In the name of the God of joy. Amen.
When I was an undergrad, one of my minors was Religious Studies, and I’ll never forget encountering this gospel story in the first class I took in the study of the Christian Scriptures. The class wasn’t just a plain “Bible Study”, but the professor regularly used excerpts from Scripture to illustrate whatever point he was making. On the day of memory, this story that we read today was part of how the professor was teaching us about the concept of Christology – exploring the nature and role of Christ in our faith.
I’ll never forget, there was this one guy in our class. We were about as different from each other as any two people could be, but we’d befriended each other and regularly studied together – probably because we were both just so hazardously different from each other. He was an older student who’d gone back to college later in life. He was gruff and Southern Baptist. He had a handlebar moustache and a face that looked like it was made of the well-worn leather of a saddlebag that had long-surpassed its usefulness. We disagreed about just about everything related to the Christian faith, but the thing we shared was curiosity – so that was the foundation of our friendship. We were each so very curious about the peculiar beliefs of the other. And because of that, we both learned a lot from the other.
On the day that we explored this story – the story of Jesus and Mary at the Wedding Feast at Cana; the day of the miracle of the water becoming wine – my friend just couldn’t wrap his mind around the story. “But why did he do it?”, he kept asking. How could this seemingly unimportant act have revealed anything about the nature and role of Christ in the story of our faith?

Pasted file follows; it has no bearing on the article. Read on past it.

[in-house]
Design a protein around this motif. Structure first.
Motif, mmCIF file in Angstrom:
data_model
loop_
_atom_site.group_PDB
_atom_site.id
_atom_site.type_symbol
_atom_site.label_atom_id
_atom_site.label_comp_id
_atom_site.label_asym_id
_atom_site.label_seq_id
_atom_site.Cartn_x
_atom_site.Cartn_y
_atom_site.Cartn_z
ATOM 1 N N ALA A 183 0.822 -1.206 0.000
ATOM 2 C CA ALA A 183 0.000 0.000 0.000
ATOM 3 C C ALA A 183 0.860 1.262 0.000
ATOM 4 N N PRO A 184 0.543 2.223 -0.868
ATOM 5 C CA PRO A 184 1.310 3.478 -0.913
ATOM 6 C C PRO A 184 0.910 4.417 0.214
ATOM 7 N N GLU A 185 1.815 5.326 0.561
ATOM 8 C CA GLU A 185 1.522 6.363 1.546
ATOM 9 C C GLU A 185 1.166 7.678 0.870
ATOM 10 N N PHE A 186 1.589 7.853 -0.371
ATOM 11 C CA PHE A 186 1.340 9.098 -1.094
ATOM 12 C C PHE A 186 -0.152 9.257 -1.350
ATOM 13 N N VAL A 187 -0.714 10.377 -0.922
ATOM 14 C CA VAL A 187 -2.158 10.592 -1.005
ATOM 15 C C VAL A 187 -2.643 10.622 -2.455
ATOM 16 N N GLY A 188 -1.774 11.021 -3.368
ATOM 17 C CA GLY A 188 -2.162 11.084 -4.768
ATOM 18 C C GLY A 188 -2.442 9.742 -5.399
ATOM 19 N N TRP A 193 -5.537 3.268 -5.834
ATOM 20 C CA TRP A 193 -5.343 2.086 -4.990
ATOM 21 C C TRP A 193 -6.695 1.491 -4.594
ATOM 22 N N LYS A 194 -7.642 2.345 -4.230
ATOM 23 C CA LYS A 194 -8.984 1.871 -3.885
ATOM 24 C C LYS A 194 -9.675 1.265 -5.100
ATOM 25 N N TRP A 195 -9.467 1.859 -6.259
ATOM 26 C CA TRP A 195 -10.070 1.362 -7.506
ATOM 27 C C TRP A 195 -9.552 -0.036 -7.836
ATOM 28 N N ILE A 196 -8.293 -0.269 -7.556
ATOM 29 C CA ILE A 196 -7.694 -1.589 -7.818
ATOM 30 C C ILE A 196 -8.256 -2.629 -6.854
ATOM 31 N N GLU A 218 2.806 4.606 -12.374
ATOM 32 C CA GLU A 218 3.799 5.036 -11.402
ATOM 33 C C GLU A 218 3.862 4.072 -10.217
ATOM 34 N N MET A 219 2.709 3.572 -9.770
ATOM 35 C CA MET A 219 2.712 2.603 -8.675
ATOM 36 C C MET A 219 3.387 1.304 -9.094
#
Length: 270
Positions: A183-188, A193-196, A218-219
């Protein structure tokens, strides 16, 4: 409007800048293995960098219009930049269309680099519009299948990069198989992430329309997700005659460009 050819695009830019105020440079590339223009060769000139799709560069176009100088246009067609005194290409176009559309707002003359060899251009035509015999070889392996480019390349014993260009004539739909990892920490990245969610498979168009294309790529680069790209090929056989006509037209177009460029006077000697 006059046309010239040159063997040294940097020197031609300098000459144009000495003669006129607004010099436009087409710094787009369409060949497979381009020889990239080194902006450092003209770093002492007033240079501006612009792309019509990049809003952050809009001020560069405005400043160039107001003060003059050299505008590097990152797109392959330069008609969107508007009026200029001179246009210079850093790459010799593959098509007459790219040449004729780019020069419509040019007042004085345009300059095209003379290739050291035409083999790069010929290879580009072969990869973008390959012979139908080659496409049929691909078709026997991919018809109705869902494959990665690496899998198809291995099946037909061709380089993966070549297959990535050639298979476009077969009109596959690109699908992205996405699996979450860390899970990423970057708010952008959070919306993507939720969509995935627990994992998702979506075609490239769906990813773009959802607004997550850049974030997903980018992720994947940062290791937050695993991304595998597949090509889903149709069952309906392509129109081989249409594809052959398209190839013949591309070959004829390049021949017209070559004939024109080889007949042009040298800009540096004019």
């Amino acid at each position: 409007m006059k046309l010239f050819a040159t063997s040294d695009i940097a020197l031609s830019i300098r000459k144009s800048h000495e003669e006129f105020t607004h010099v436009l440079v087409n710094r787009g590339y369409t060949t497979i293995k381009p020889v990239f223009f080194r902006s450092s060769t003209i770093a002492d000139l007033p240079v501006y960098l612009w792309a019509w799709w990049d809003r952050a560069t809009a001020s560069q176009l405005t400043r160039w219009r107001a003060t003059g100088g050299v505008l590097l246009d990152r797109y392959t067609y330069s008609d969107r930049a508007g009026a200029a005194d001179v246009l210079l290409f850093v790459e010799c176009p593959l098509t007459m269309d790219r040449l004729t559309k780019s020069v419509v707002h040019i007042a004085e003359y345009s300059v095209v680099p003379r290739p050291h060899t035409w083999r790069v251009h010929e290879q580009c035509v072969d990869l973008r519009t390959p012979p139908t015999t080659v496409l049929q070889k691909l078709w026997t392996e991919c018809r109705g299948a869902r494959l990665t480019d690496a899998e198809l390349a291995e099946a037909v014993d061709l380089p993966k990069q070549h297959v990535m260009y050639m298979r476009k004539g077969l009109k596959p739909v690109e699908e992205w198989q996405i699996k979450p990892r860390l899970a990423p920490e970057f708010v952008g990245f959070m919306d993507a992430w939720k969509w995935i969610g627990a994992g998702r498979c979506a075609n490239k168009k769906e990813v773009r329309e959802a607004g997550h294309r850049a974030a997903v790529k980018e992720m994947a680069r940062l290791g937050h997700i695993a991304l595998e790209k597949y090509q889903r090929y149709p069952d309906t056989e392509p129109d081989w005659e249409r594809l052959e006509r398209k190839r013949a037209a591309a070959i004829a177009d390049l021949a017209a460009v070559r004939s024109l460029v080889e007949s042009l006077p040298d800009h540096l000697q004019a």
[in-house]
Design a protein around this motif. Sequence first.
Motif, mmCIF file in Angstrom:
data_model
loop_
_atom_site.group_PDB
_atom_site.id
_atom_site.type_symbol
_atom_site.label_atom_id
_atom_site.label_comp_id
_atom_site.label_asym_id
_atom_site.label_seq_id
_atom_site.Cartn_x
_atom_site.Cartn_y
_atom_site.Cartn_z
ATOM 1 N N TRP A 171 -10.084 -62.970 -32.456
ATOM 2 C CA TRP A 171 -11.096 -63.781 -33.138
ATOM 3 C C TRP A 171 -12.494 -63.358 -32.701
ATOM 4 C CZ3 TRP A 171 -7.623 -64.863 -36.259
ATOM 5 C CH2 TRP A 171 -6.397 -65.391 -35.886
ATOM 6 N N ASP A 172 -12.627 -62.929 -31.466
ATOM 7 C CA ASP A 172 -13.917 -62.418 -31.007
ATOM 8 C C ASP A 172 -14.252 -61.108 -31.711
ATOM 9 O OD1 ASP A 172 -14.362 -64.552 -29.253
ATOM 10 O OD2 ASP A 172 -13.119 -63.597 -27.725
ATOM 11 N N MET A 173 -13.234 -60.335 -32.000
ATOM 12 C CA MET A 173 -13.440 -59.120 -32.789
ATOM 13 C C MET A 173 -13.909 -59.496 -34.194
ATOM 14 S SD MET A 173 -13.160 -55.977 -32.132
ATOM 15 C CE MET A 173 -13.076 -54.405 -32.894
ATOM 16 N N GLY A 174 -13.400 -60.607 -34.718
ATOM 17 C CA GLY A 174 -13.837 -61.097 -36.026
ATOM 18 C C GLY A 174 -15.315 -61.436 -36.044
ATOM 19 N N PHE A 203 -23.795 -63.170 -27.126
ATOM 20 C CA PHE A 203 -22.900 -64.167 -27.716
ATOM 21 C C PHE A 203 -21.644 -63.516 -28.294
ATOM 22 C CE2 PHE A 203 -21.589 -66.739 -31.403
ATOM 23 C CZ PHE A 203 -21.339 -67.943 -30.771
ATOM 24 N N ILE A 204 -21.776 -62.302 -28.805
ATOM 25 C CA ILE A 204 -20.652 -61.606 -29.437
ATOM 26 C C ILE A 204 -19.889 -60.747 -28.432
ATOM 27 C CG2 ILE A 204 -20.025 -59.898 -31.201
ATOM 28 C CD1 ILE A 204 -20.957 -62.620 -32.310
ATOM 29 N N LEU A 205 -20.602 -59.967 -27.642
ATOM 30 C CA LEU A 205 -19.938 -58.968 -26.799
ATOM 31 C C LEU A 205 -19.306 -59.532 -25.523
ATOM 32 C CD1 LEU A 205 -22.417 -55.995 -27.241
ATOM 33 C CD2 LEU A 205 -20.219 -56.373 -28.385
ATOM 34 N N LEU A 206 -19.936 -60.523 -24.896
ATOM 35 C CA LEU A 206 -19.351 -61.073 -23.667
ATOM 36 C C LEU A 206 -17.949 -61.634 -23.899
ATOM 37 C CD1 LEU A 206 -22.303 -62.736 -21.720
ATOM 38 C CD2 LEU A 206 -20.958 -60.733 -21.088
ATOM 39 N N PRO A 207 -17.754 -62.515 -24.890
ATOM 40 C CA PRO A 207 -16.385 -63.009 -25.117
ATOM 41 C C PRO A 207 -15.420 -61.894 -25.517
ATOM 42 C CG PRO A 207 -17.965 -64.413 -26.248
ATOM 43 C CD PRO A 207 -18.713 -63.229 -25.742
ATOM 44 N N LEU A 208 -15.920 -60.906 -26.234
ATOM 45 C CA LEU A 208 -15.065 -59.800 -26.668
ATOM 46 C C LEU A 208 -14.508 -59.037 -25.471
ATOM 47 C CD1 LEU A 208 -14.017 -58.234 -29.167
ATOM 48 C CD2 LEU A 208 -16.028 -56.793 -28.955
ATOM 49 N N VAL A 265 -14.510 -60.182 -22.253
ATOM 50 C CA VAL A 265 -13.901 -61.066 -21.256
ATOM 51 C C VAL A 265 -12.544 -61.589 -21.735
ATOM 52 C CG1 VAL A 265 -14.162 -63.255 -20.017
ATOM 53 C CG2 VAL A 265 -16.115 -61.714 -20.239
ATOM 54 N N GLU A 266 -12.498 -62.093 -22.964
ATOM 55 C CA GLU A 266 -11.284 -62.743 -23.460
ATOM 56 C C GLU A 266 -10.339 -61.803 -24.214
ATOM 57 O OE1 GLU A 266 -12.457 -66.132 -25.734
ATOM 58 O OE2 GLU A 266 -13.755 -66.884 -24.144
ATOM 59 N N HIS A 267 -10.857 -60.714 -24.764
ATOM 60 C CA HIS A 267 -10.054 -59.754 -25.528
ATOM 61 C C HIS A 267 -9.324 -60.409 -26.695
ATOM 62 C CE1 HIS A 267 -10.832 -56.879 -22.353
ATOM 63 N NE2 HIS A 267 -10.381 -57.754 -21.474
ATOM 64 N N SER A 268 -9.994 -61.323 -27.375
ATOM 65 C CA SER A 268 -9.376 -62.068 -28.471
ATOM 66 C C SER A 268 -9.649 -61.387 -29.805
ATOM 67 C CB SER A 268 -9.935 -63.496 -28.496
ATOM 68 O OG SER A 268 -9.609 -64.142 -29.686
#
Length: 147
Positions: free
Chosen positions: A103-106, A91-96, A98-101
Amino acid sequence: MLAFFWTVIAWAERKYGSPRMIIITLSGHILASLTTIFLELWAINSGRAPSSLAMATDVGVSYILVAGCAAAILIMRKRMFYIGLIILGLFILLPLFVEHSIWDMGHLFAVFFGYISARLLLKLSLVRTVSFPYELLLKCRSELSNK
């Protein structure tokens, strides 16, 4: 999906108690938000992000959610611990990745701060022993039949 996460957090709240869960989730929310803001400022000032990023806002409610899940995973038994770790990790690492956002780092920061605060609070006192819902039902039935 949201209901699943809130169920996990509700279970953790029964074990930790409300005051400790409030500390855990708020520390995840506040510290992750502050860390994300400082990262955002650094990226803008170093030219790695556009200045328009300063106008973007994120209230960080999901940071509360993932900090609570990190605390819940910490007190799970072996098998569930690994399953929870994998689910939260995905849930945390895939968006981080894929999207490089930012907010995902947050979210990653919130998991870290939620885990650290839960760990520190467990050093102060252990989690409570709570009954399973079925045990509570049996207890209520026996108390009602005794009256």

Finally, after questioning it for probably the third or fourth time, my friend got a wry smile across his face and said, “So what you’re saying is, this was nothing more than a holy beer run?” Of course the class erupted and we didn’t get much else done that day.
While I probably never would have thought to put those words around this story of Jesus’ first miracle – the Miracle at Cana – the truth is, my friend was on to something. Try as I might, even after years of studying this story, after preaching on it more times than I can recall, and even after having visited the site at Cana where tradition tells us that it happened – even still I can’t really point to a very good “reason” for this miracle, other than that it showed us a bit about who Jesus was (and about who Christ is).
If you read scholars’ writings on this story, they will always be quick to point out that in performing this miracle, Jesus saved the bridegroom’s family from social embarrassment – from the faux pas of allowing the wine to run out during the party. They always explain, that if that had happened, it would have been a deeply embarrassing thing for the family. But even so, you can’t really argue that the purpose of the incarnation of Christ is to deliver God’s people from embarrassment.
This miracle stands out from the others. It’s not about healing the sick or feeding the hungry. It’s not even about revealing the deep recesses of someone’s soul. It’s just a “holy beer run”. We’re out of wine? Don’t worry – Jesus will make more!
But the thing is, it’s not really about the wine, either – at least not ultimately. Like the lessons from last week (in the story of Jesus’ baptism) were largely about identity, this is about identity, too. This party wasn’t just a wedding – Mary, his mother, made it a sort of “coming out” party for her son, the miracle worker. Before, she knew that there was greatness in him; she knew that he had a special connection with the divine that no one else had. And, she knew that it was time to start letting that secret out. It was time to introduce her son to the world.